Oh, energy usage will reduce fairly quickly in the not-so-distant future one way or another. Some estimates already have us at peak oil production - as demand goes up and production levels off and then drops, prices will skyrocket beyond the ability of any piddling National Reserve to alleviate. When gas prices hit twenty and thirty dollars per gallon, energy usage will definitely drop. Greenhouse emissions will drop at some point as well, for similar reasons, although they may go up when coal makes its big comeback fro a little while, but the coal will get used up as well. Unless we make existing technologies work well enough to replace oil and coal, we will lose our chance to ever develop any of the theoretical science-fiction stuff...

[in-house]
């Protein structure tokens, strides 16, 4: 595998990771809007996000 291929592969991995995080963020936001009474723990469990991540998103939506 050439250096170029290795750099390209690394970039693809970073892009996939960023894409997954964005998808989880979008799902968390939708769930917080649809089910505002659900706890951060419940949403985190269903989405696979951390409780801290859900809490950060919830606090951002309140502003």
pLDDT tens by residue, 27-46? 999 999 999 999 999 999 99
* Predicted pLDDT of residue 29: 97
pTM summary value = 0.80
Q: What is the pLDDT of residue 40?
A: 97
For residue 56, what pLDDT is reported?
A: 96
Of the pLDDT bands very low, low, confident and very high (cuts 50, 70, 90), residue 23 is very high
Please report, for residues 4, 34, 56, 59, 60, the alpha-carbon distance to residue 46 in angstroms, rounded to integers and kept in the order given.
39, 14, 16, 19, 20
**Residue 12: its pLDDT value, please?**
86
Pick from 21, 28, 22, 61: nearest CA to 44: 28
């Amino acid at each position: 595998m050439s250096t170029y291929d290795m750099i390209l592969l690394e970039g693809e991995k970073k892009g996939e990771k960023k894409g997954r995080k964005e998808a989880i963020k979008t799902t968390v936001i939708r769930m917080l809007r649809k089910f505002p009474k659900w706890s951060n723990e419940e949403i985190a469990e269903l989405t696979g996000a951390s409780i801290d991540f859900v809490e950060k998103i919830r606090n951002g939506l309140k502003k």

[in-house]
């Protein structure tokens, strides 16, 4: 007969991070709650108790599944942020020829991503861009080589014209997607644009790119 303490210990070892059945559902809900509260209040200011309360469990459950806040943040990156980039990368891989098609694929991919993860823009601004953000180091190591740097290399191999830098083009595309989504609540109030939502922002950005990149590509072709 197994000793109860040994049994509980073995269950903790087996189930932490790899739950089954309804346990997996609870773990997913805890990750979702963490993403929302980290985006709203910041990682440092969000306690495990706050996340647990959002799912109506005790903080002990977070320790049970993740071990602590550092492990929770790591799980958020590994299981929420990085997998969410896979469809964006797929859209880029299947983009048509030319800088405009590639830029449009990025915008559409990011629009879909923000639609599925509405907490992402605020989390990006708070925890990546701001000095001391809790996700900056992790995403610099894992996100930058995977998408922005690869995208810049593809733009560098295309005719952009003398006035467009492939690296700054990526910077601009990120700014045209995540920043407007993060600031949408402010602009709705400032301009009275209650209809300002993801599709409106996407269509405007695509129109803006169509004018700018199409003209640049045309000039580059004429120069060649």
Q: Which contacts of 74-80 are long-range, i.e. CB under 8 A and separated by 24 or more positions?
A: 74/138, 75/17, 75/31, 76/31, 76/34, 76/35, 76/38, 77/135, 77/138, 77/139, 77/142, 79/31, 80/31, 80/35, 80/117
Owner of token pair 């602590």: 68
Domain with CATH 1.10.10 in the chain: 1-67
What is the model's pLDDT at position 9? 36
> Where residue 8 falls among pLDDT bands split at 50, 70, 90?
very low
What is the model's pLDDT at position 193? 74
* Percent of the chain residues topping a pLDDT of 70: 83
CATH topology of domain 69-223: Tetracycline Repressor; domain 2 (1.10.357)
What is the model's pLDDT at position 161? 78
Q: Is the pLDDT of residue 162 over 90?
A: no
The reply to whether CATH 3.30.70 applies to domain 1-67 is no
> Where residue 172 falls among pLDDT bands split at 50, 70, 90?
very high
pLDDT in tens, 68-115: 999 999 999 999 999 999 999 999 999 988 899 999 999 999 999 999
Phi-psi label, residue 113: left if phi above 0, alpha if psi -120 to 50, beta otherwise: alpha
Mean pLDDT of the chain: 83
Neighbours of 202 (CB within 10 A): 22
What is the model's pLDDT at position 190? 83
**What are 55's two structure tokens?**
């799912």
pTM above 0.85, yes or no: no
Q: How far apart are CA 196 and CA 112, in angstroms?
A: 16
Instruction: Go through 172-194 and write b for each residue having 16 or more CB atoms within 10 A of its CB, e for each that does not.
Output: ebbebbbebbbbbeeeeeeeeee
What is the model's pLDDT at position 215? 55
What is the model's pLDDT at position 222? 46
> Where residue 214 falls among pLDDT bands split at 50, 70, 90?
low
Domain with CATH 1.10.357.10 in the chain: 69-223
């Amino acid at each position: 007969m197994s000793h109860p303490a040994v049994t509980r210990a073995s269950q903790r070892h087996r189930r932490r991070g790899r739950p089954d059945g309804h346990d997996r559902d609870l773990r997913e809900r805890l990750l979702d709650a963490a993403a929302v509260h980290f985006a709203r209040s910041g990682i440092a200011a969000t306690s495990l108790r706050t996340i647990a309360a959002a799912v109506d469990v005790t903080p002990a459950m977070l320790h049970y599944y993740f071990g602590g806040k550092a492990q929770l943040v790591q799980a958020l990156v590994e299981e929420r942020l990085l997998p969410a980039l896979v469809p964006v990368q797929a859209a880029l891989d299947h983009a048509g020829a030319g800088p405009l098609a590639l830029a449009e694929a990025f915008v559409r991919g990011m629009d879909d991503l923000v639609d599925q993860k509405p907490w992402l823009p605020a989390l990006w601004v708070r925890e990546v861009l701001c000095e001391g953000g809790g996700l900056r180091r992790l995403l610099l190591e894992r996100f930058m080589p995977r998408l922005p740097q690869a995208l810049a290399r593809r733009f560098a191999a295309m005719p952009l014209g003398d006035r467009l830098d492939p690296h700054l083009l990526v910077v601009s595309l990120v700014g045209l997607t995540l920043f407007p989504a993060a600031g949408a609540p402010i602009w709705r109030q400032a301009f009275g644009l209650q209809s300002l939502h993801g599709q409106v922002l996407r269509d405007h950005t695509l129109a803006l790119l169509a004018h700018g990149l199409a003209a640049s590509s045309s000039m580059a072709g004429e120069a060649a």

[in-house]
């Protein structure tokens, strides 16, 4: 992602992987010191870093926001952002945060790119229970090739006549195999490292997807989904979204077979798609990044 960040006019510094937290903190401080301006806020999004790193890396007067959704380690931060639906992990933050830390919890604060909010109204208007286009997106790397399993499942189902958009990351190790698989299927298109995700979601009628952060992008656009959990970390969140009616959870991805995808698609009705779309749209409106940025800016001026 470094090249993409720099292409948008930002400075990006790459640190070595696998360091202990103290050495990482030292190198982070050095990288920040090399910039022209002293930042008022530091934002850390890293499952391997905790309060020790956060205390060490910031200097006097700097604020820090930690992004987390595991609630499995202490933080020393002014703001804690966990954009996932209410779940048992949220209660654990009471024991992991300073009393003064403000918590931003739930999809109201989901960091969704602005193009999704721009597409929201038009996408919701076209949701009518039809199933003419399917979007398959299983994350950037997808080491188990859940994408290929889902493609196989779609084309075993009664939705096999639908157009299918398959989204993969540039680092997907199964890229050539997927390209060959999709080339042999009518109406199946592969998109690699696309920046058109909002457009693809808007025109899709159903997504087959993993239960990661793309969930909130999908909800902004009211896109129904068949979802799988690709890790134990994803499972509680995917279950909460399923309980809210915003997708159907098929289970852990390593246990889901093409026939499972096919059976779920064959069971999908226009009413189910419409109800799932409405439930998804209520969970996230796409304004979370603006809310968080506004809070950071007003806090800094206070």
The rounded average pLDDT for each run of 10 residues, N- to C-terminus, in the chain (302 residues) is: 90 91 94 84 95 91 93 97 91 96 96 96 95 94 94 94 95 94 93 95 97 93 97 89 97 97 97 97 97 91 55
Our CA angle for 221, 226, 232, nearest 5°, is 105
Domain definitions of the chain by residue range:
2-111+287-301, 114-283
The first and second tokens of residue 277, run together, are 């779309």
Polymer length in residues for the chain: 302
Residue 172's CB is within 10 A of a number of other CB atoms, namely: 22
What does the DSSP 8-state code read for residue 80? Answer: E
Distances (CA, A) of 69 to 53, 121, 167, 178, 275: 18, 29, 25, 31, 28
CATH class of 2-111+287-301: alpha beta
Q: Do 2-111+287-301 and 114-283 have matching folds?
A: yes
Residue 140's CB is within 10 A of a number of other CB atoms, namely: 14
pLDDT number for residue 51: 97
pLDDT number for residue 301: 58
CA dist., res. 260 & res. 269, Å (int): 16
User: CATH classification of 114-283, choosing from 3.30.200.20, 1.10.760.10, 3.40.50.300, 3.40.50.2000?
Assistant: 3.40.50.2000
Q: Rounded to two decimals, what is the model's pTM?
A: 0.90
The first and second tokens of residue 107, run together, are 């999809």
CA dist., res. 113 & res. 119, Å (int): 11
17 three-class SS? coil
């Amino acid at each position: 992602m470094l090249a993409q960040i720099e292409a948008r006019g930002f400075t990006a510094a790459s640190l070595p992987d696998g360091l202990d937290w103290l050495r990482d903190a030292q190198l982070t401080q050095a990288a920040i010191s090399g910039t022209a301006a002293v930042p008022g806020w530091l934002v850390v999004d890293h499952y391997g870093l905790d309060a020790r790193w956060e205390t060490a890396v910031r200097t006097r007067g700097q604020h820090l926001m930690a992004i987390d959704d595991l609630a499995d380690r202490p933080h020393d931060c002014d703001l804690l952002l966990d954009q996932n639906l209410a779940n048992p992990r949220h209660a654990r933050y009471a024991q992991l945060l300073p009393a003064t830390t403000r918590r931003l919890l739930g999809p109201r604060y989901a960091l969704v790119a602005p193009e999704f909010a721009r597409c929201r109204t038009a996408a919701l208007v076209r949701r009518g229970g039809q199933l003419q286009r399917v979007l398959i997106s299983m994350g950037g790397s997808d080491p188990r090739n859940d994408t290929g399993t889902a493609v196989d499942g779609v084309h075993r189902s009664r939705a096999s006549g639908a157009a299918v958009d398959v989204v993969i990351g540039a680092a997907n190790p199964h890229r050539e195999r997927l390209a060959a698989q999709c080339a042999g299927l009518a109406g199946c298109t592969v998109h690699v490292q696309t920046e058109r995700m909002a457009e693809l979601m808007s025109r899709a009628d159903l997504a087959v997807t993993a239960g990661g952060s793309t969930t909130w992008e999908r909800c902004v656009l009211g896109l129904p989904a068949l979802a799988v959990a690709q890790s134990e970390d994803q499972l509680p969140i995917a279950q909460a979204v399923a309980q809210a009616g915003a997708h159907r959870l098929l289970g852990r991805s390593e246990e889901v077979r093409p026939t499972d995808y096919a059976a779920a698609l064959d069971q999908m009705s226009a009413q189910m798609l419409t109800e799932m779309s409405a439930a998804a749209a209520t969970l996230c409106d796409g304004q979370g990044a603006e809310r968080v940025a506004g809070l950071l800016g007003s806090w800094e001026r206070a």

as oil runs out or is harder to get, prices will go up and it will be necessary to look for alternatives or change how we do things. Poorer people will make different choices simply because they are unable to afford to carry on with their current high consumer lifestyles.
I'm sorry - I didn't understand that sentence!  I agree it's not simple.  Are you saying that cheaper technologies will not be economical in the future?  Which technologies are you meaning?